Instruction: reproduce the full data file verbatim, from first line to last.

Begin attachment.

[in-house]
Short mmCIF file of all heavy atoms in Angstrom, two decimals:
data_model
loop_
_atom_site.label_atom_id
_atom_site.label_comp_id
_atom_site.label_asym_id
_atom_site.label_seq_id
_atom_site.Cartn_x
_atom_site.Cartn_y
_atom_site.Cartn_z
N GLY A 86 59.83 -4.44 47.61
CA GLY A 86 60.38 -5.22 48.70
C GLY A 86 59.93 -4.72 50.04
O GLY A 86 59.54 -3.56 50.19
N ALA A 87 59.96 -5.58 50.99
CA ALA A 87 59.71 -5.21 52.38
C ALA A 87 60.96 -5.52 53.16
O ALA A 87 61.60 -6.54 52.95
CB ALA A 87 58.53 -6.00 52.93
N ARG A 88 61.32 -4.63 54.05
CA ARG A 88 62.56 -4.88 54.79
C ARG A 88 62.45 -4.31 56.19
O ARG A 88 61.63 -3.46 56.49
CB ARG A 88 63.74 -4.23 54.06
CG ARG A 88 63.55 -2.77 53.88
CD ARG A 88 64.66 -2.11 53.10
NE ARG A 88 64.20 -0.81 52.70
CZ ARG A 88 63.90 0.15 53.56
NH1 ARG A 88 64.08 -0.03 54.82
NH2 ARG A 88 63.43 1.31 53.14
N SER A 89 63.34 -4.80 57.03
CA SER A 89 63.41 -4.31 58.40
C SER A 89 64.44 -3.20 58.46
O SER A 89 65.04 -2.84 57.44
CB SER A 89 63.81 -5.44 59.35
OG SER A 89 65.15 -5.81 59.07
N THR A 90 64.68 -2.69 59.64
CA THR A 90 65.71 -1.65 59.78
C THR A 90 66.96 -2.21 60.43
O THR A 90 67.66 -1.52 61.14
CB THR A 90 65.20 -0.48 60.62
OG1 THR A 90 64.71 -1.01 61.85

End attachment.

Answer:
[in-house]
Short mmCIF file of all heavy atoms in Angstrom, two decimals:
data_model
loop_
_atom_site.label_atom_id
_atom_site.label_comp_id
_atom_site.label_asym_id
_atom_site.label_seq_id
_atom_site.Cartn_x
_atom_site.Cartn_y
_atom_site.Cartn_z
N GLY A 86 59.83 -4.44 47.61
CA GLY A 86 60.38 -5.22 48.70
C GLY A 86 59.93 -4.72 50.04
O GLY A 86 59.54 -3.56 50.19
N ALA A 87 59.96 -5.58 50.99
CA ALA A 87 59.71 -5.21 52.38
C ALA A 87 60.96 -5.52 53.16
O ALA A 87 61.60 -6.54 52.95
CB ALA A 87 58.53 -6.00 52.93
N ARG A 88 61.32 -4.63 54.05
CA ARG A 88 62.56 -4.88 54.79
C ARG A 88 62.45 -4.31 56.19
O ARG A 88 61.63 -3.46 56.49
CB ARG A 88 63.74 -4.23 54.06
CG ARG A 88 63.55 -2.77 53.88
CD ARG A 88 64.66 -2.11 53.10
NE ARG A 88 64.20 -0.81 52.70
CZ ARG A 88 63.90 0.15 53.56
NH1 ARG A 88 64.08 -0.03 54.82
NH2 ARG A 88 63.43 1.31 53.14
N SER A 89 63.34 -4.80 57.03
CA SER A 89 63.41 -4.31 58.40
C SER A 89 64.44 -3.20 58.46
O SER A 89 65.04 -2.84 57.44
CB SER A 89 63.81 -5.44 59.35
OG SER A 89 65.15 -5.81 59.07
N THR A 90 64.68 -2.69 59.64
CA THR A 90 65.71 -1.65 59.78
C THR A 90 66.96 -2.21 60.43
O THR A 90 67.66 -1.52 61.14
CB THR A 90 65.20 -0.48 60.62
OG1 THR A 90 64.71 -1.01 61.85